As noted above, these materials double as currency. Graymetal coins are the default currency6; Redmetal slugs are equivalent to “copper pieces” in other games. Brightmetal and Orichalcum, while rarer, have very specific and limited uses in Shadow Vale and are thus more commodity than currency.
How (or whether) characters gain and use experiece points, depends on whether this game ends up as a serious campaign-oriented RPG, a beer-and-pretzels single evening break, or something in between.
For now, assume each adventure nets 1-4 experience points (XP). Players can spend them as follows:
- Increase HEALTH: 1 XP.
- Raise a Skill: The new level of the skill in XP. E.g. Going from 0 to 1 costs 1 XP; 2 to 3 costs 3 XP.
- Gain a Specialty: 3 XP.
- Increase NUMEN: Twice the cost of raising a Skill to the same level.
FATE increases or decreases as it it used; see below.
Players and GMs roll dice in the following circumstances:
- A Skill Check to determine the success of their character’s action.
- A Surprise Check to notice a sudden and unwelcome change in circumstance moments before it happens.
- A Fate Check to avoid a wholly random negative consequence. NPCs cannot perform Fate Checks; they automatically fail.
- In Combat a Damage Roll determines damage done by a weapon, and an Armor Roll determines how much damage armor absorbs.
Players do NOT roll dice in the following circumstances:
- When searching an area, the GM will allow the player to find “secret doors” and the like if they specify how and how thoroughly they’re searching.
- When examining an object, the GM simply tells the player what their character sees. A Specialty (see above) may give the player more information.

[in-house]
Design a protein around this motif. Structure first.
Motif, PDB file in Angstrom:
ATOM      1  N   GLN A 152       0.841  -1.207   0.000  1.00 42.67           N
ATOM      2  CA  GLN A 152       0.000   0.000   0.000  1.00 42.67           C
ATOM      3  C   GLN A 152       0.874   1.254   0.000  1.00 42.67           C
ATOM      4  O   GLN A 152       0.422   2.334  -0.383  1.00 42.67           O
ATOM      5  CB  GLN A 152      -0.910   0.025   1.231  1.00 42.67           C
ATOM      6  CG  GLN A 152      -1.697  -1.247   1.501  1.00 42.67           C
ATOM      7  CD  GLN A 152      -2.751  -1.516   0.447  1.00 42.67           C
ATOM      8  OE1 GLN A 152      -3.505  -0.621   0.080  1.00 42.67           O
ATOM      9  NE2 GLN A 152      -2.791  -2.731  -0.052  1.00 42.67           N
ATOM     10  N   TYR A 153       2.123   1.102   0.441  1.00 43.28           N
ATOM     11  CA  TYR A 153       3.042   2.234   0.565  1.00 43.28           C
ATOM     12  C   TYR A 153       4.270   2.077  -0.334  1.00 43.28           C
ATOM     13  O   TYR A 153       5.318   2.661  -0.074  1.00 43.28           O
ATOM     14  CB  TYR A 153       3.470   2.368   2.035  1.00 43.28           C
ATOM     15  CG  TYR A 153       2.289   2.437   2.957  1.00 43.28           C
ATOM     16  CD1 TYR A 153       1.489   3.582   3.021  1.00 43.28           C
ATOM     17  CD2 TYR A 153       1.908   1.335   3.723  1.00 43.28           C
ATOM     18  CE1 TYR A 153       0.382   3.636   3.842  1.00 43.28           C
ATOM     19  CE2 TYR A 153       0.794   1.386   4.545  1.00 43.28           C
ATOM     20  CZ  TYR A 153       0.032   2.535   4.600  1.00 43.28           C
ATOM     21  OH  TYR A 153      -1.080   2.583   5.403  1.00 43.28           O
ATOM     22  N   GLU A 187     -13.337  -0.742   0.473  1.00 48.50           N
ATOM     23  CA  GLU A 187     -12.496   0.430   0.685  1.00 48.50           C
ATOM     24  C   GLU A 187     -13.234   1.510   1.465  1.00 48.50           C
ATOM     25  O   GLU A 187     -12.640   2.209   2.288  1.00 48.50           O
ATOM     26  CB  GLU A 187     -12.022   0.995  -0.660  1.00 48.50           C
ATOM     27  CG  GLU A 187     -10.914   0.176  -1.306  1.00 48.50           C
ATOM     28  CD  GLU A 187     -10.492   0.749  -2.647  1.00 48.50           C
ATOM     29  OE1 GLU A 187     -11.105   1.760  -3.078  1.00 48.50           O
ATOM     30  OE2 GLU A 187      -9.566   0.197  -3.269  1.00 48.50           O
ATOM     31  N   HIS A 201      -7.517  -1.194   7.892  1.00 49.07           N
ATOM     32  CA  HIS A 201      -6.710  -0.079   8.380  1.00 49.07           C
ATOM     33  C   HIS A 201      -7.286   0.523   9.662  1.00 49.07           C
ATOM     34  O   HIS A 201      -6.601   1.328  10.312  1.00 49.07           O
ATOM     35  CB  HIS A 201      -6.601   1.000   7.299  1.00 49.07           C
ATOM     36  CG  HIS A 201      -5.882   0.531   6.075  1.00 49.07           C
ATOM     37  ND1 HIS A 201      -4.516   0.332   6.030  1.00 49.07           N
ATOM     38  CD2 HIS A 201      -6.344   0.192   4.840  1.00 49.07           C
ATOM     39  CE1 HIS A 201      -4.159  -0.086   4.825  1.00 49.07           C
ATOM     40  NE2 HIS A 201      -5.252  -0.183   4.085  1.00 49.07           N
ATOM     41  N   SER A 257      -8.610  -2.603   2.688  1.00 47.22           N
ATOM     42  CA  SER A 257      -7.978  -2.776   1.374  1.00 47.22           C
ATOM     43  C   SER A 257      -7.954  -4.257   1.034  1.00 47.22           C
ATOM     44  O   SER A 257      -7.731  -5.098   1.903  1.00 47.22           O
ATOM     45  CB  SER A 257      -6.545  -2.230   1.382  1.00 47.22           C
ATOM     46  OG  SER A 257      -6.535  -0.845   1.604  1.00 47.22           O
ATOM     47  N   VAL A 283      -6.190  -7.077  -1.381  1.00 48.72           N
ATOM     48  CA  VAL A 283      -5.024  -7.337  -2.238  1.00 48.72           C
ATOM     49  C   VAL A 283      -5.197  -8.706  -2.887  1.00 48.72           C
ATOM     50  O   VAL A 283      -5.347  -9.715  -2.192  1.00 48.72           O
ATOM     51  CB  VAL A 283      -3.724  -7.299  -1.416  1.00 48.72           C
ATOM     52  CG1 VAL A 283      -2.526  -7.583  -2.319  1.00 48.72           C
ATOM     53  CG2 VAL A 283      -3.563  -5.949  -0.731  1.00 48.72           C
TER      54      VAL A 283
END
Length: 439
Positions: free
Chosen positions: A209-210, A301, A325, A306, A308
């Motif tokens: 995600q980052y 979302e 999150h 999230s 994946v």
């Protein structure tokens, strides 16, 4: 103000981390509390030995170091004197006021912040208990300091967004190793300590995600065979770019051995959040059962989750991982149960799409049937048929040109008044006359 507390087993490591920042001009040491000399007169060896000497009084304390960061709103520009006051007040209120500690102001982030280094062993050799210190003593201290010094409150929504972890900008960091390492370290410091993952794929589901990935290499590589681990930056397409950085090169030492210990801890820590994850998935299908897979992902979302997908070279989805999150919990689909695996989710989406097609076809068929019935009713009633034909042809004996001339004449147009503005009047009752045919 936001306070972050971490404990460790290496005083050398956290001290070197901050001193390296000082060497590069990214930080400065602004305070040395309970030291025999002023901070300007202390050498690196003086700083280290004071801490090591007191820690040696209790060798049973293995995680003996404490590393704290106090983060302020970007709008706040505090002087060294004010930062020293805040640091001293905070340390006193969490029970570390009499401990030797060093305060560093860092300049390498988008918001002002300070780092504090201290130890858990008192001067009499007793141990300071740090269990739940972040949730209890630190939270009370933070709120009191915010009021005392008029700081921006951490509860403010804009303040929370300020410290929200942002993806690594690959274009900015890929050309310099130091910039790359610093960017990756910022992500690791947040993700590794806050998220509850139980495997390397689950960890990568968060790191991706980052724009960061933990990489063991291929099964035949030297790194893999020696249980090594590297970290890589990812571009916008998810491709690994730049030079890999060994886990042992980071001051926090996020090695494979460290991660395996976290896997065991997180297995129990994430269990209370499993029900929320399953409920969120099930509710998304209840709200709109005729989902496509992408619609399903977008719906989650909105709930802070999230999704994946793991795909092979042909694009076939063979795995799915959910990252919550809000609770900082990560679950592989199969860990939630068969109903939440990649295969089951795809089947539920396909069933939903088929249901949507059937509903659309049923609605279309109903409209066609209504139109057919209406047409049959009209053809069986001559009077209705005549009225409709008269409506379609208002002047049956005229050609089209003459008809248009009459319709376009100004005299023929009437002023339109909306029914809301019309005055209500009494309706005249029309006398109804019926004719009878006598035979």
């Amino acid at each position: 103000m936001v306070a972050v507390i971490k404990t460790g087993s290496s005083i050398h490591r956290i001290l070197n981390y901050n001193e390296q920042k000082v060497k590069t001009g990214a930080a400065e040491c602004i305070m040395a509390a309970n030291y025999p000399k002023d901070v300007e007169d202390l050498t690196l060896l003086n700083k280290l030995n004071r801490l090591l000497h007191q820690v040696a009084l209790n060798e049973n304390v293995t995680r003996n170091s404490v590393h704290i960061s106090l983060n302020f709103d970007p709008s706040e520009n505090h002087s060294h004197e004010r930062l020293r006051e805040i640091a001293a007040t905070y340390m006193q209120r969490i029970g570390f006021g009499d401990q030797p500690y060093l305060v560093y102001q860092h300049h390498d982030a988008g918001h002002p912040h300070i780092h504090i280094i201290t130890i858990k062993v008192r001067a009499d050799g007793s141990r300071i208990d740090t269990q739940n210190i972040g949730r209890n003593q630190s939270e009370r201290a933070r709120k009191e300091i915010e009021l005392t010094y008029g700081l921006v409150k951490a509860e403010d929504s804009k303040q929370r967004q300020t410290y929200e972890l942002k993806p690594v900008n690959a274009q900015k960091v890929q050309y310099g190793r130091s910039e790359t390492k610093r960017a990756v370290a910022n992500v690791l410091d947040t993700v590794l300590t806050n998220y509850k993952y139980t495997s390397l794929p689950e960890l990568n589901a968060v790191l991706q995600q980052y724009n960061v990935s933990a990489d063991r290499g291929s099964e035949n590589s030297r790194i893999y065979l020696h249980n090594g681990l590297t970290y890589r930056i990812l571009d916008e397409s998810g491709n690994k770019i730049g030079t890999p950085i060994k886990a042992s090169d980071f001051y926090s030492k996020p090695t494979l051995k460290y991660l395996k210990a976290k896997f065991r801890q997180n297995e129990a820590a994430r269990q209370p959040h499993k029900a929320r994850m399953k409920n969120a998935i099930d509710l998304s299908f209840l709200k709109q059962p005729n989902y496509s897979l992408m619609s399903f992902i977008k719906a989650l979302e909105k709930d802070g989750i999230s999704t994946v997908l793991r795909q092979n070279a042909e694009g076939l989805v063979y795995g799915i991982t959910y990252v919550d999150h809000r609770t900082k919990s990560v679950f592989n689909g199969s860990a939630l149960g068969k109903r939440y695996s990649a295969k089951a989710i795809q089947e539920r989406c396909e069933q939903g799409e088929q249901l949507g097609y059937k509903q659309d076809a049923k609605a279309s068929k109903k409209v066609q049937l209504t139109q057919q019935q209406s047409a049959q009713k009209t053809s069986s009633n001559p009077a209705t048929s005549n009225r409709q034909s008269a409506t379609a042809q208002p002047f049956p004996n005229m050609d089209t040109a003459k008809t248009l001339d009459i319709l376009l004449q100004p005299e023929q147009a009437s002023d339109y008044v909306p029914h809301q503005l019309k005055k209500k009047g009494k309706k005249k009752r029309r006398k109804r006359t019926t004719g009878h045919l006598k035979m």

- When poisoned by the few things that can affect the Folk, the player simply loses HEALTH or some other consequence.
GMs roll for NPCs in similar circumstances, although some rules under consideration may reduce the amount of die rolling the GM does.
For now, we’ll assume skill tests use
2D + Skill Rank + modifiers
vs. a GM-defined difficulty level like Cepheus.
Skill tests may be unopposed, against a fixed difficulty number,
or opposed, against another character’s dice roll.
A 2 on the dice always fails; a 12 on the dice always succeeds.
Surprise checks work just like Skill Checks, above. They happen only if the character is about to be surprised by an ambush, trap, or other sudden event, but has a brief window to spot the trap before it’s sprung.
Surprise checks usually use Fighting. The GM may allow a Sensing check to spot a sniper, Hunting to avoid an animal lying in wait, or even Influencing to warn the player of an impending faux pas.
When misfortune strikes a PC, the GM may allow the player to make a Fate Check. The player increases their FATE by one then rolls 2 dice. Rolling above FATE means misfortune is averted. Rolling at or below FATE means misfortune strikes. Nothing modifies a FATE roll; it’s pure luck.
For example, a PC steps onto a concealed pit trap, either because of a failed Skill Check or failing to even look. The GM offers the player a Fate Check. If the Fate Check succeeds, the GM rules the PC grabbed onto the edge of the pit; if it fails, the PC falls onto the spikes below.
In my current pre-alpha draft, FATE only decreases when one “Accepts Fate”, i.e. pass up a chance for a Fate Check.
Combat proceeds in rounds, during which all attacks are considered more or less simultaneous. To this end, each combat round progresses in the following phases:
Statement of Intent: The GM declares what NPCs appear to be doing. Each player then states what their character is doing, in any order (e.g. clockwise around the table). If necessary the GM and players may write their intentions secretly, then reveal simultaneously.